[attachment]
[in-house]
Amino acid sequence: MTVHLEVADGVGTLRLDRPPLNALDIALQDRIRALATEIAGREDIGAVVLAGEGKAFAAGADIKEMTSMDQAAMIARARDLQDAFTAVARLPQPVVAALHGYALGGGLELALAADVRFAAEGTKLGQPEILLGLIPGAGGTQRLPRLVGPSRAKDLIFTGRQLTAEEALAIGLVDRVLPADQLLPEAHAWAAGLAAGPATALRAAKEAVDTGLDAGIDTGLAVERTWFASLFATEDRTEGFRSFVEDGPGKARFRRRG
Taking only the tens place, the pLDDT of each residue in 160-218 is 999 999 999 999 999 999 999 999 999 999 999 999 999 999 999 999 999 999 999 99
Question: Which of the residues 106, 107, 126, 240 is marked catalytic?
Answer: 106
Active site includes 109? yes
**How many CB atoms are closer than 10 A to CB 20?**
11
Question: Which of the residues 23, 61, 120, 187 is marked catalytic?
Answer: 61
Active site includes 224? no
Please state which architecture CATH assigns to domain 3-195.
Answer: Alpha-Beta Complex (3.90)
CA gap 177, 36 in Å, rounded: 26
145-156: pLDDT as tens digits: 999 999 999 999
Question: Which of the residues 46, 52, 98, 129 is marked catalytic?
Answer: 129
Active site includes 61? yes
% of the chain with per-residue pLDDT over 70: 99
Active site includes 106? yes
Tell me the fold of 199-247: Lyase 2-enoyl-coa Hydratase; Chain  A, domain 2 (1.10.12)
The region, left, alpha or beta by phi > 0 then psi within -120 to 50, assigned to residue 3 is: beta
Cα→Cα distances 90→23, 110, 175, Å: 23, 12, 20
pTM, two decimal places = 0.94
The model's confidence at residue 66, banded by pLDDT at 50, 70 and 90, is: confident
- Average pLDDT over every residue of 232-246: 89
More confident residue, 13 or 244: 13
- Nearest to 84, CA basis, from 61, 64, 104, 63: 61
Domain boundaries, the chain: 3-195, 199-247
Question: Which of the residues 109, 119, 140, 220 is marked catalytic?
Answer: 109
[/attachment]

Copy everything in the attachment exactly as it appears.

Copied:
[in-house]
Amino acid sequence: MTVHLEVADGVGTLRLDRPPLNALDIALQDRIRALATEIAGREDIGAVVLAGEGKAFAAGADIKEMTSMDQAAMIARARDLQDAFTAVARLPQPVVAALHGYALGGGLELALAADVRFAAEGTKLGQPEILLGLIPGAGGTQRLPRLVGPSRAKDLIFTGRQLTAEEALAIGLVDRVLPADQLLPEAHAWAAGLAAGPATALRAAKEAVDTGLDAGIDTGLAVERTWFASLFATEDRTEGFRSFVEDGPGKARFRRRG
Taking only the tens place, the pLDDT of each residue in 160-218 is 999 999 999 999 999 999 999 999 999 999 999 999 999 999 999 999 999 999 999 99
Question: Which of the residues 106, 107, 126, 240 is marked catalytic?
Answer: 106
Active site includes 109? yes
**How many CB atoms are closer than 10 A to CB 20?**
11
Question: Which of the residues 23, 61, 120, 187 is marked catalytic?
Answer: 61
Active site includes 224? no
Please state which architecture CATH assigns to domain 3-195.
Answer: Alpha-Beta Complex (3.90)
CA gap 177, 36 in Å, rounded: 26
145-156: pLDDT as tens digits: 999 999 999 999
Question: Which of the residues 46, 52, 98, 129 is marked catalytic?
Answer: 129
Active site includes 61? yes
% of the chain with per-residue pLDDT over 70: 99
Active site includes 106? yes
Tell me the fold of 199-247: Lyase 2-enoyl-coa Hydratase; Chain  A, domain 2 (1.10.12)
The region, left, alpha or beta by phi > 0 then psi within -120 to 50, assigned to residue 3 is: beta
Cα→Cα distances 90→23, 110, 175, Å: 23, 12, 20
pTM, two decimal places = 0.94
The model's confidence at residue 66, banded by pLDDT at 50, 70 and 90, is: confident
- Average pLDDT over every residue of 232-246: 89
More confident residue, 13 or 244: 13
- Nearest to 84, CA basis, from 61, 64, 104, 63: 61
Domain boundaries, the chain: 3-195, 199-247
Question: Which of the residues 109, 119, 140, 220 is marked catalytic?
Answer: 109